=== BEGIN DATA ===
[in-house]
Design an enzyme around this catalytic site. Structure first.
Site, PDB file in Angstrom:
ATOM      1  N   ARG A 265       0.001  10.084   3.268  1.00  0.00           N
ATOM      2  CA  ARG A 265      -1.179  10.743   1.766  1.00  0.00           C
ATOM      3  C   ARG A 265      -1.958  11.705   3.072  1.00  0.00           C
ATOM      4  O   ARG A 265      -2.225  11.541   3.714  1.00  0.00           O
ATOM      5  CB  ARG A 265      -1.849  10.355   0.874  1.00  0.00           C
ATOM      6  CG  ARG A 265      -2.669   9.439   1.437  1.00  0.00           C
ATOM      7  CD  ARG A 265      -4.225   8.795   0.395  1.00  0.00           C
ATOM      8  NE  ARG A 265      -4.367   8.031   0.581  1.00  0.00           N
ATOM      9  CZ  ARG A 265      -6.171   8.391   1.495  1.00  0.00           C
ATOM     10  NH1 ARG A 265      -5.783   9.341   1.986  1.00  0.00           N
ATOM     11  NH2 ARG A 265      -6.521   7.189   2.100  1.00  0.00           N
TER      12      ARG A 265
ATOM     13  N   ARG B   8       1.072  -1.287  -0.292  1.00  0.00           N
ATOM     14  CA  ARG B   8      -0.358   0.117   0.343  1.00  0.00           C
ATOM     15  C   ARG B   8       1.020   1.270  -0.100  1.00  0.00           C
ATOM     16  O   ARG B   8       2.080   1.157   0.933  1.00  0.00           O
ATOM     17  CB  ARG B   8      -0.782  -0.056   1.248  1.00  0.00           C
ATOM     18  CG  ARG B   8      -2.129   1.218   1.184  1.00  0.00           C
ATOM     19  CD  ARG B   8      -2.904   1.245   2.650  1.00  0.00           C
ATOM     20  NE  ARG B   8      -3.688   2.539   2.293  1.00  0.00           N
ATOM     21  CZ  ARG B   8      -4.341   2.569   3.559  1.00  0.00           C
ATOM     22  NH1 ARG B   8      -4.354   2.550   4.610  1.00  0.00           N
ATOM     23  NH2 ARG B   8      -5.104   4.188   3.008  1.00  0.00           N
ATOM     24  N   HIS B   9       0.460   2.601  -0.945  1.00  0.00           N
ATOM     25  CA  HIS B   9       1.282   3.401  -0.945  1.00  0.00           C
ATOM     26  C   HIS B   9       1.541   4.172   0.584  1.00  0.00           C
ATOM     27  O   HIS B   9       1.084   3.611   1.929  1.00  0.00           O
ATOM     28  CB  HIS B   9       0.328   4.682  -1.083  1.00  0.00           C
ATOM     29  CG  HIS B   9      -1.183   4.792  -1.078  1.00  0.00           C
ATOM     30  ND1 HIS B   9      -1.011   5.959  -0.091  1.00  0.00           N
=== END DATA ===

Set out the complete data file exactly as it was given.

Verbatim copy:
[in-house]
Design an enzyme around this catalytic site. Structure first.
Site, PDB file in Angstrom:
ATOM      1  N   ARG A 265       0.001  10.084   3.268  1.00  0.00           N
ATOM      2  CA  ARG A 265      -1.179  10.743   1.766  1.00  0.00           C
ATOM      3  C   ARG A 265      -1.958  11.705   3.072  1.00  0.00           C
ATOM      4  O   ARG A 265      -2.225  11.541   3.714  1.00  0.00           O
ATOM      5  CB  ARG A 265      -1.849  10.355   0.874  1.00  0.00           C
ATOM      6  CG  ARG A 265      -2.669   9.439   1.437  1.00  0.00           C
ATOM      7  CD  ARG A 265      -4.225   8.795   0.395  1.00  0.00           C
ATOM      8  NE  ARG A 265      -4.367   8.031   0.581  1.00  0.00           N
ATOM      9  CZ  ARG A 265      -6.171   8.391   1.495  1.00  0.00           C
ATOM     10  NH1 ARG A 265      -5.783   9.341   1.986  1.00  0.00           N
ATOM     11  NH2 ARG A 265      -6.521   7.189   2.100  1.00  0.00           N
TER      12      ARG A 265
ATOM     13  N   ARG B   8       1.072  -1.287  -0.292  1.00  0.00           N
ATOM     14  CA  ARG B   8      -0.358   0.117   0.343  1.00  0.00           C
ATOM     15  C   ARG B   8       1.020   1.270  -0.100  1.00  0.00           C
ATOM     16  O   ARG B   8       2.080   1.157   0.933  1.00  0.00           O
ATOM     17  CB  ARG B   8      -0.782  -0.056   1.248  1.00  0.00           C
ATOM     18  CG  ARG B   8      -2.129   1.218   1.184  1.00  0.00           C
ATOM     19  CD  ARG B   8      -2.904   1.245   2.650  1.00  0.00           C
ATOM     20  NE  ARG B   8      -3.688   2.539   2.293  1.00  0.00           N
ATOM     21  CZ  ARG B   8      -4.341   2.569   3.559  1.00  0.00           C
ATOM     22  NH1 ARG B   8      -4.354   2.550   4.610  1.00  0.00           N
ATOM     23  NH2 ARG B   8      -5.104   4.188   3.008  1.00  0.00           N
ATOM     24  N   HIS B   9       0.460   2.601  -0.945  1.00  0.00           N
ATOM     25  CA  HIS B   9       1.282   3.401  -0.945  1.00  0.00           C
ATOM     26  C   HIS B   9       1.541   4.172   0.584  1.00  0.00           C
ATOM     27  O   HIS B   9       1.084   3.611   1.929  1.00  0.00           O
ATOM     28  CB  HIS B   9       0.328   4.682  -1.083  1.00  0.00           C
ATOM     29  CG  HIS B   9      -1.183   4.792  -1.078  1.00  0.00           C
ATOM     30  ND1 HIS B   9      -1.011   5.959  -0.091  1.00  0.00           N